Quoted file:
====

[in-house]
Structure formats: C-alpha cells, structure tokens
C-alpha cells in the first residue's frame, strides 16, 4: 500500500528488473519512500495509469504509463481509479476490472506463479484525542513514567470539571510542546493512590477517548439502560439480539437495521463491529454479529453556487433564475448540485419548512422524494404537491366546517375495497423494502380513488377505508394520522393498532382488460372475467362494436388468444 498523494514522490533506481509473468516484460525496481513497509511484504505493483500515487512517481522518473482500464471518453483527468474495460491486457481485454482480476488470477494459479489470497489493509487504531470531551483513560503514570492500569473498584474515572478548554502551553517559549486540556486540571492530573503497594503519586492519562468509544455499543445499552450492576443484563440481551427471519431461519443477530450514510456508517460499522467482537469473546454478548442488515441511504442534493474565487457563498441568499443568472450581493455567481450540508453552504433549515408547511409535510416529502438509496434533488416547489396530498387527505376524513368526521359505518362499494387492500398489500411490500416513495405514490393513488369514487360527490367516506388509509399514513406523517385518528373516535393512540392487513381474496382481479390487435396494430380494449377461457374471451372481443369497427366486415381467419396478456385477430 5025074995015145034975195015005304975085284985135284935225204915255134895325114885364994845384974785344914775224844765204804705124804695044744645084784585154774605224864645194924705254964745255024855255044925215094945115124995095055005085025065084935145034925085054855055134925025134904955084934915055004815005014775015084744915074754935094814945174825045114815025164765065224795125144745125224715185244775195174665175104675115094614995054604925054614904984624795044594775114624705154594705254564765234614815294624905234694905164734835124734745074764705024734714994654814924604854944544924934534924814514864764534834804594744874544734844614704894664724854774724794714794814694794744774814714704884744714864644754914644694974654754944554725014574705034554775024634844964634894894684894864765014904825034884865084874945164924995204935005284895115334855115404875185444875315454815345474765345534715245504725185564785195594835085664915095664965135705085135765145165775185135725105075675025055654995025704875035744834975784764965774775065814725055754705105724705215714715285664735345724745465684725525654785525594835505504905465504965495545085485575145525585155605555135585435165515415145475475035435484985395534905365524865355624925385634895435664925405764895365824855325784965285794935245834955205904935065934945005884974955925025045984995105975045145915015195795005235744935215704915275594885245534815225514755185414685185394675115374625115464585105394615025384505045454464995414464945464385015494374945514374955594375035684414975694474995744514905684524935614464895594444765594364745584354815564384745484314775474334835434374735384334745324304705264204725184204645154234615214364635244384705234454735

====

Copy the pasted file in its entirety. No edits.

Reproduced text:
[in-house]
Structure formats: C-alpha cells, structure tokens
C-alpha cells in the first residue's frame, strides 16, 4: 500500500528488473519512500495509469504509463481509479476490472506463479484525542513514567470539571510542546493512590477517548439502560439480539437495521463491529454479529453556487433564475448540485419548512422524494404537491366546517375495497423494502380513488377505508394520522393498532382488460372475467362494436388468444 498523494514522490533506481509473468516484460525496481513497509511484504505493483500515487512517481522518473482500464471518453483527468474495460491486457481485454482480476488470477494459479489470497489493509487504531470531551483513560503514570492500569473498584474515572478548554502551553517559549486540556486540571492530573503497594503519586492519562468509544455499543445499552450492576443484563440481551427471519431461519443477530450514510456508517460499522467482537469473546454478548442488515441511504442534493474565487457563498441568499443568472450581493455567481450540508453552504433549515408547511409535510416529502438509496434533488416547489396530498387527505376524513368526521359505518362499494387492500398489500411490500416513495405514490393513488369514487360527490367516506388509509399514513406523517385518528373516535393512540392487513381474496382481479390487435396494430380494449377461457374471451372481443369497427366486415381467419396478456385477430 5025074995015145034975195015005304975085284985135284935225204915255134895325114885364994845384974785344914775224844765204804705124804695044744645084784585154774605224864645194924705254964745255024855255044925215094945115124995095055005085025065084935145034925085054855055134925025134904955084934915055004815005014775015084744915074754935094814945174825045114815025164765065224795125144745125224715185244775195174665175104675115094614995054604925054614904984624795044594775114624705154594705254564765234614815294624905234694905164734835124734745074764705024734714994654814924604854944544924934534924814514864764534834804594744874544734844614704894664724854774724794714794814694794744774814714704884744714864644754914644694974654754944554725014574705034554775024634844964634894894684894864765014904825034884865084874945164924995204935005284895115334855115404875185444875315454815345474765345534715245504725185564785195594835085664915095664965135705085135765145165775185135725105075675025055654995025704875035744834975784764965774775065814725055754705105724705215714715285664735345724745465684725525654785525594835505504905465504965495545085485575145525585155605555135585435165515415145475475035435484985395534905365524865355624925385634895435664925405764895365824855325784965285794935245834955205904935065934945005884974955925025045984995105975045145915015195795005235744935215704915275594885245534815225514755185414685185394675115374625115464585105394615025384505045454464995414464945464385015494374945514374955594375035684414975694474995744514905684524935614464895594444765594364745584354815564384745484314775474334835434374735384334745324304705264204725184204645154234615214364635244384705234454735